As the Sarbanes-Oxley Act of 2002 passed its fourth anniversary in July, the need for security, risk management and compliance specialists has put executive-level information security officers in even greater demand.
Some schools have responded by going so far as to develop core curriculum to develop these executives; the University of Fairfax, an online graduate university, is one.
"People are having a hard time finding qualified IT compliance officers. Weve built a graduate program to address that need. Its a boutique university in that it only focuses on information security and information assurance. We offer masters degrees and Ph.D.s," Dr. Victor Berlin, president of the University of Fairfax, told eWEEK.
Berlin said he sees these higher education opportunities as a response to the wide range of knowledge information security officer must have.
"Its not enough for them to know what a firewall is. They need to be multi-disciplinary. SarbOx is changing on a weekly basis, and people are needed to constantly monitor these changes.
Above and beyond monitoring, however, executive compliance officers need to be able to understand what to do with their data.
"Someone needs to translate to the companies what these regulations. What does it mean for us? What do we have to change? Data analysis is central to the job," said Berlin.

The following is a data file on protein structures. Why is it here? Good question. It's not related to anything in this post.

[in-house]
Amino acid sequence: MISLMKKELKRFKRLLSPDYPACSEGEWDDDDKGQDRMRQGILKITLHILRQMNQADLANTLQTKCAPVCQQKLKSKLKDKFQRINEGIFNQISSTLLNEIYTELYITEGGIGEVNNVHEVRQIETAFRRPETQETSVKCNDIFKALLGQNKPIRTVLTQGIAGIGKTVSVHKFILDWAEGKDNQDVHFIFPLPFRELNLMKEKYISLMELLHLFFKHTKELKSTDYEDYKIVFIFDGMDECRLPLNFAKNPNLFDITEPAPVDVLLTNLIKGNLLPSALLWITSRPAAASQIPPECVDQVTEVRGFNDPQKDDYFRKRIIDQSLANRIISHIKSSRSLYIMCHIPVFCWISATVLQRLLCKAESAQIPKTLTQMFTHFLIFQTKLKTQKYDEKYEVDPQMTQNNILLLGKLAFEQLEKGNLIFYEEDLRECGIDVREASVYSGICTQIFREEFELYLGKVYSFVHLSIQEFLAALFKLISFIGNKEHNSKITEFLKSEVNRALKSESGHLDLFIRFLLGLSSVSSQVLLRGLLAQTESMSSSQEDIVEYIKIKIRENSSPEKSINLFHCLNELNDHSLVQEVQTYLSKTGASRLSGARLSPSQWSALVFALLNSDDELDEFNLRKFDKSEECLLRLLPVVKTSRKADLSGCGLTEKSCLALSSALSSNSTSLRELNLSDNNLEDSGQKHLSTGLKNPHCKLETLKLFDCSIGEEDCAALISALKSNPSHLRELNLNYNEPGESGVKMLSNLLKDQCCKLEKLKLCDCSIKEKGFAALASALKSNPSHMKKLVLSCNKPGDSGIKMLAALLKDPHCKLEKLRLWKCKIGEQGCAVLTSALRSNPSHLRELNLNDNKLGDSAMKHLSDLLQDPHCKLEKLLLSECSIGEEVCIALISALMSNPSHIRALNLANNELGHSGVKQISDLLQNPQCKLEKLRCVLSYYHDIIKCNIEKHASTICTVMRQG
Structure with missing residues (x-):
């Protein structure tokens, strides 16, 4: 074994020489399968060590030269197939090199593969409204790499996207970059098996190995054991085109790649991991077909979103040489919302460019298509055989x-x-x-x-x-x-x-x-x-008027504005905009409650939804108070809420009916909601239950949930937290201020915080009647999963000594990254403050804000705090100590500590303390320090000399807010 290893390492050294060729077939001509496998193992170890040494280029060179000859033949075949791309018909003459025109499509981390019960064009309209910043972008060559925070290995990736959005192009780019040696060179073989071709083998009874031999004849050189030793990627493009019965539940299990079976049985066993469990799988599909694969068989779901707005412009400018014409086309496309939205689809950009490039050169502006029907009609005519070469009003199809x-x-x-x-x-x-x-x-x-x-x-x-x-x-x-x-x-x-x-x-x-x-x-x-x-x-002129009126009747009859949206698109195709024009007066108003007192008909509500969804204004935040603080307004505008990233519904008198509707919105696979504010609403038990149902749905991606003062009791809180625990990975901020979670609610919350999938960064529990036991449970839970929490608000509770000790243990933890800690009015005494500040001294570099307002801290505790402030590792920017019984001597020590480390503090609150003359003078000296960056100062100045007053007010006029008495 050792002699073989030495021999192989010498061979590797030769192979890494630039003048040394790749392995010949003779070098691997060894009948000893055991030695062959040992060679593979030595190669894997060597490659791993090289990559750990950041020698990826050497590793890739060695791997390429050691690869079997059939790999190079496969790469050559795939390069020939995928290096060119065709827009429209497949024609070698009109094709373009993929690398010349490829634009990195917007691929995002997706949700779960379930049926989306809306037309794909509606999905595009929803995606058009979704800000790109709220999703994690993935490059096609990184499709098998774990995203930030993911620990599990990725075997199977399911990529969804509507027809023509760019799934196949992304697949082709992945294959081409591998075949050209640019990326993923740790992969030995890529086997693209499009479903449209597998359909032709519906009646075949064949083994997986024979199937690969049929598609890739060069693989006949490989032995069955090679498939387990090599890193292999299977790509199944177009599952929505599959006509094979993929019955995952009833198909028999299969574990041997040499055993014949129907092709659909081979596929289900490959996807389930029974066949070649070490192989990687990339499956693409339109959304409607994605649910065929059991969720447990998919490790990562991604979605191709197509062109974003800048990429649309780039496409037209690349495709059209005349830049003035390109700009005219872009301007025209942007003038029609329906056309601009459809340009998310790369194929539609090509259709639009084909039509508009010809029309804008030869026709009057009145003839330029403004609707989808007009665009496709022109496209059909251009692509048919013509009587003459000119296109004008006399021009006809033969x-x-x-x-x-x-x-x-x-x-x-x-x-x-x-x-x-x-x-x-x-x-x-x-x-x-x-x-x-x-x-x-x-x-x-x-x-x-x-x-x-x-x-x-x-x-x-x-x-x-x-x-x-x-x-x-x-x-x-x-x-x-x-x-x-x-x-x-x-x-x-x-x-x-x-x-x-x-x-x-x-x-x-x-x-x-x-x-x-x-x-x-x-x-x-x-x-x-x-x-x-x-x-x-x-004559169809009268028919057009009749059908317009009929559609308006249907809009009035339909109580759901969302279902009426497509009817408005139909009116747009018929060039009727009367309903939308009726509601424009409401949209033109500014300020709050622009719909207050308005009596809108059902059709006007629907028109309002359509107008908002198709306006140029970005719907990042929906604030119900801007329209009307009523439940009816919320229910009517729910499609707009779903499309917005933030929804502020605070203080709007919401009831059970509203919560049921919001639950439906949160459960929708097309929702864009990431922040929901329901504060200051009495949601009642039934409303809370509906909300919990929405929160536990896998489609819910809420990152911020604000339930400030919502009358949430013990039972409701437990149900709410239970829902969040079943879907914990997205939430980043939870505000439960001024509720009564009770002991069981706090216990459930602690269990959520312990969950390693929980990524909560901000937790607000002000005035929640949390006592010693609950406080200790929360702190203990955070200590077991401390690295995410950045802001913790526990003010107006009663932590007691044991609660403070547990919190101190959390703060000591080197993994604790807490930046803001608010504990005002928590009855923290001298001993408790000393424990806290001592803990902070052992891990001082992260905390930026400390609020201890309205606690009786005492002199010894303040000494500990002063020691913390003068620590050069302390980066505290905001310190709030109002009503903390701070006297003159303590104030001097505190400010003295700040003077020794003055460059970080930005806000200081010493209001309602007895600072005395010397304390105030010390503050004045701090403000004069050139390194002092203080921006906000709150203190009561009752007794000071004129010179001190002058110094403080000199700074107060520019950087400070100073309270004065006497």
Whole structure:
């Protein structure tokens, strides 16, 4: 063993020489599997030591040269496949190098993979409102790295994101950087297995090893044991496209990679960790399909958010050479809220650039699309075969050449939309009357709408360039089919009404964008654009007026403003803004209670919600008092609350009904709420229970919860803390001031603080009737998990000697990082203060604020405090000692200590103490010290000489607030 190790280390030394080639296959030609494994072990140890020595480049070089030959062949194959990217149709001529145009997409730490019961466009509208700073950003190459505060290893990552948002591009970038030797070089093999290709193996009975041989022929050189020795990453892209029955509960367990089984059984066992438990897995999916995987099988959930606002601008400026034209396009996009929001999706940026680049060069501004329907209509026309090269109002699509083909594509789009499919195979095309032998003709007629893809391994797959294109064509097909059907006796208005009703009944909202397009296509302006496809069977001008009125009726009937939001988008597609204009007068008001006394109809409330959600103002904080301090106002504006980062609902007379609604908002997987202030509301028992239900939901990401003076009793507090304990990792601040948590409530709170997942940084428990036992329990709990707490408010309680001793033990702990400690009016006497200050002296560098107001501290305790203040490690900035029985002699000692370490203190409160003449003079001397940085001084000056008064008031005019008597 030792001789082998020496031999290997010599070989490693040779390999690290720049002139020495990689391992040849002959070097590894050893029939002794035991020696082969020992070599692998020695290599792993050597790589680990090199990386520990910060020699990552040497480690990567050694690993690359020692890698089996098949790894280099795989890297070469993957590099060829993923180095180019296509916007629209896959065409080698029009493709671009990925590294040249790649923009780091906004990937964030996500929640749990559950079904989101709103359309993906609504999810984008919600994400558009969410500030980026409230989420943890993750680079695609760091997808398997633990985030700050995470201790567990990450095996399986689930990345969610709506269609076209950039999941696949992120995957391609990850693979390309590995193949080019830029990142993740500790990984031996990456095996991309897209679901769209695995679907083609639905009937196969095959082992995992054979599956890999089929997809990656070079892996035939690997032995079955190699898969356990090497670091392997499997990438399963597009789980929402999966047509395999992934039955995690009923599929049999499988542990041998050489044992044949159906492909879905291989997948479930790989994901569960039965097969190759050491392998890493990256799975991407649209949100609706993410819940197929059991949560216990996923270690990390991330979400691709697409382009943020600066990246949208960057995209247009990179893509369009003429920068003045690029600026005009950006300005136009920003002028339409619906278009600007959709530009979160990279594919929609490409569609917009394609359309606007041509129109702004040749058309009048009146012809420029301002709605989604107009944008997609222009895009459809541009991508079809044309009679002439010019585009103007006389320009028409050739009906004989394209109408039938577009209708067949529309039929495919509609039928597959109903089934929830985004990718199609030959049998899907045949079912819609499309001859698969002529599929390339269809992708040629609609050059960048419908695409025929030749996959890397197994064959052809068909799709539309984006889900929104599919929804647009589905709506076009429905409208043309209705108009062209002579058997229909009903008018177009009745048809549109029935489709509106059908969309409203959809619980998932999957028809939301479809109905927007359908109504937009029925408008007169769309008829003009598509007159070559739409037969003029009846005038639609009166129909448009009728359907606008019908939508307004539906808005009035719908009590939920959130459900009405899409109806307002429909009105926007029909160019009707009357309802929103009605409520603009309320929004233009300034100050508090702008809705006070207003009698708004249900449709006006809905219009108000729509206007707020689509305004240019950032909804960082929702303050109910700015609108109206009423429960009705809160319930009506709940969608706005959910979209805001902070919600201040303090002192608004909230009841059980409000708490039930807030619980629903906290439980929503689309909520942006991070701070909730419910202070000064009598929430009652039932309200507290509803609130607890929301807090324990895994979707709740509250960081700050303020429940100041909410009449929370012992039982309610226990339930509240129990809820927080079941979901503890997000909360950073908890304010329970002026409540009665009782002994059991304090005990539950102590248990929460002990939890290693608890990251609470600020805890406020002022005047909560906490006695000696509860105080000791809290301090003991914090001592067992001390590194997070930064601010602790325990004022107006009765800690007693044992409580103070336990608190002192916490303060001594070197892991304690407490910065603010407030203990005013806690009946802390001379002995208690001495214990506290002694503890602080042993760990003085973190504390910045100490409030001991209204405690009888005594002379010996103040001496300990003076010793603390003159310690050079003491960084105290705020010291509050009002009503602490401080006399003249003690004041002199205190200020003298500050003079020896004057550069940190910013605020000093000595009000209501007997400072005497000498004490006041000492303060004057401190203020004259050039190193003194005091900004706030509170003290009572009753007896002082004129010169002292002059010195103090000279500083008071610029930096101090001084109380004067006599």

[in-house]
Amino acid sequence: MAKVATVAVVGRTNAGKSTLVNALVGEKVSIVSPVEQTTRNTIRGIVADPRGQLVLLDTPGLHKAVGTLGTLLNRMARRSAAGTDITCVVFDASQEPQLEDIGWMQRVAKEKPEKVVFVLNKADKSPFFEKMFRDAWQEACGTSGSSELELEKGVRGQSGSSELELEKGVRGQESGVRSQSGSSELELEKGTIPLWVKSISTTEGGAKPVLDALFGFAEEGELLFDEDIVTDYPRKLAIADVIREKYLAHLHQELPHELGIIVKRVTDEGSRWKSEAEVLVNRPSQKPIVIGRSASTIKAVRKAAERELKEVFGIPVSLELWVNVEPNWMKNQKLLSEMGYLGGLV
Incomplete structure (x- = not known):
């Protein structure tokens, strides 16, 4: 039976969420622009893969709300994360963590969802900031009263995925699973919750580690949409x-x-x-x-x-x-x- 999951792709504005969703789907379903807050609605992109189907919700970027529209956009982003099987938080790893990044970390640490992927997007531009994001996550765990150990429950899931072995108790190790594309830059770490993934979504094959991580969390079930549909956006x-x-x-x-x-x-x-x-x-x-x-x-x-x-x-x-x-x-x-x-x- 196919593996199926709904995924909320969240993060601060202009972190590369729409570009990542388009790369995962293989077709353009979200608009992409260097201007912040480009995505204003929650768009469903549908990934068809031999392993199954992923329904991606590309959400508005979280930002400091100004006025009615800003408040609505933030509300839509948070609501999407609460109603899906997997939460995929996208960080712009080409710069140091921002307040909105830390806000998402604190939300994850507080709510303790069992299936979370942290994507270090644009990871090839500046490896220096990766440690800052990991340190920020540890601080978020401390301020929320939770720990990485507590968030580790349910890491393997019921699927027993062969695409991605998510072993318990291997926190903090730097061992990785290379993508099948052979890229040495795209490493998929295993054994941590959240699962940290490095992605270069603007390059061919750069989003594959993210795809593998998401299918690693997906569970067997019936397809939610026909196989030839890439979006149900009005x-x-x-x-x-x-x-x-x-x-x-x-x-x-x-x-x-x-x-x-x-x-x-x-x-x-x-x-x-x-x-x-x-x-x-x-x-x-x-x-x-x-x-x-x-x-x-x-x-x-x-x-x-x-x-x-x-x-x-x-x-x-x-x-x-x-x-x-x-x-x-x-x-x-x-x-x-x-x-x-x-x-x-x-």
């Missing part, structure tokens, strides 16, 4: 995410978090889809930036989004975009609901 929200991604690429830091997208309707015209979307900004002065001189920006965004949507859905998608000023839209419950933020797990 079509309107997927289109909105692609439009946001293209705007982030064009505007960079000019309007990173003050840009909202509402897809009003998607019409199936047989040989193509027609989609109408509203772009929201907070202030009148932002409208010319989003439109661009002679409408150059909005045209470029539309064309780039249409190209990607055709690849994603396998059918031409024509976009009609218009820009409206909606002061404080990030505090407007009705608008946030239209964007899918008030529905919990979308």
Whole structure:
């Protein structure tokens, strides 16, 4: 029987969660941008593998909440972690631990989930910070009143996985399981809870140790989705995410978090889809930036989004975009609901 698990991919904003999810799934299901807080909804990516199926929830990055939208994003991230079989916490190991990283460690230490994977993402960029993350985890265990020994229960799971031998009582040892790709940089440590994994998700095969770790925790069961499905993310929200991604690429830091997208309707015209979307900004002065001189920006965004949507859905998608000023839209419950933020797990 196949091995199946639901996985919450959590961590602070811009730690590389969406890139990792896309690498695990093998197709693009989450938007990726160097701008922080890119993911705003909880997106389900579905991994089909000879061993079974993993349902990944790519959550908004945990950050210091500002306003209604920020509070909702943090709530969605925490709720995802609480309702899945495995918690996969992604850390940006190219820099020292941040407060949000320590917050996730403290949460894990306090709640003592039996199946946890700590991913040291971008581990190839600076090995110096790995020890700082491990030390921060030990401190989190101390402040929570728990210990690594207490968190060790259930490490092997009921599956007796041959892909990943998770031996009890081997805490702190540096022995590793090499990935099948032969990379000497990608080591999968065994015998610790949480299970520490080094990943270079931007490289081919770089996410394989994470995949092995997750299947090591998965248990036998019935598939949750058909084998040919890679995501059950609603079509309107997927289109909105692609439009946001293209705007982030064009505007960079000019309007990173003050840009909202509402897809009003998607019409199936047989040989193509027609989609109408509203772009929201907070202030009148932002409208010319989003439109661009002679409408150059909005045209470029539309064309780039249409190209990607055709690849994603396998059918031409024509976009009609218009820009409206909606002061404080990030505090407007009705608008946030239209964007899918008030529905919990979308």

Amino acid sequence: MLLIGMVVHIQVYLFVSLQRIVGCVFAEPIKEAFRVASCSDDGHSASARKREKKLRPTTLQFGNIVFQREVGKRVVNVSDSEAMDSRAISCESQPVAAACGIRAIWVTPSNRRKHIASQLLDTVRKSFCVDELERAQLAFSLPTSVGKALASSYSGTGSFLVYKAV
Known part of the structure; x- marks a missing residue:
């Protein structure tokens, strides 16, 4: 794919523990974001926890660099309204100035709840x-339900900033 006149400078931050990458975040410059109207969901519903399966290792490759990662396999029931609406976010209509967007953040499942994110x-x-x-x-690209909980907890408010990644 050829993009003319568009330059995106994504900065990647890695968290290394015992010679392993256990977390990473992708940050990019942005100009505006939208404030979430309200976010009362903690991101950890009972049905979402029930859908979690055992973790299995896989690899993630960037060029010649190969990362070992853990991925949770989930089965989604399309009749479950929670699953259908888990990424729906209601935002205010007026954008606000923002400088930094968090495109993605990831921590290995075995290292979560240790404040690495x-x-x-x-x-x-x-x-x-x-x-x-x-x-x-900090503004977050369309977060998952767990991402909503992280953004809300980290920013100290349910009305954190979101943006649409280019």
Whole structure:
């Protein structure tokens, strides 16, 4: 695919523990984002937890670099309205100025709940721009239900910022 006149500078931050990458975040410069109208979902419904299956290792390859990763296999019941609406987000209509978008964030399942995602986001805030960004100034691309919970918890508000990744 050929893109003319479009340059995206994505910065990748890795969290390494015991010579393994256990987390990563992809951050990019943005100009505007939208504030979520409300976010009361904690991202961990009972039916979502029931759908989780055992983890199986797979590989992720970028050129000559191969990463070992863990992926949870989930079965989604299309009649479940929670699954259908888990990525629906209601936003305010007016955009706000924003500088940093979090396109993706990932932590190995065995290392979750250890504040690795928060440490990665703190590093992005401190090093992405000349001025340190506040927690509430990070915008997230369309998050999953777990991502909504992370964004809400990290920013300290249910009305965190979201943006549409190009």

Berlin and others underscore the need for a multidisciplinary IT professional.
"This field is great for people with good analytical skills as well as program management skills. I wouldnt recommend anyone who had just been a programmer, and had no underpinning in security. Ninety percent of the compliance issues involve security and the security lifecycle," said Chrisan Herrod, former CSO of the SEC, professor at University of Fairfax, as well as vice president of compliance solutions at Scalable Software.
Others emphasize the need for good management skills in an executive security office role.
"People have got to have a good management background and ability to deal with people. Someone right out of school, even with the relevant knowledge, wouldnt be a good fit," said Colleen Murphy, professor at the University of Fairfax, and the director of compliance solutions delivery at Scalable Software.
Herrod also noted the important of writing skills, as security officers turn out a lot of reports, as well as comfort doing research.
"Theres been a lot of heartache in the last few years because SarbOx especially is very vague in its regulations. Youve got to be able to figure out whats necessary, and what is not," said Herrod.
The good news is, there are no shortage of job opportunities for IT people wishing to specialize in compliance.
Gartner Research reported in December 2005 that compliance laws have driven up IT budgets significantly, expecting a 10 to 15 percent increase in IT budgets to meet with regulatory measurements in 2006, up from 5 percent in 2004.
Dice.com reported that as of June 30, there were 1,027 job postings requesting SarbOx experience.
"Regulatory compliance is growing, not shrinking. Even better, these are jobs that cant be offshored," said Berlin.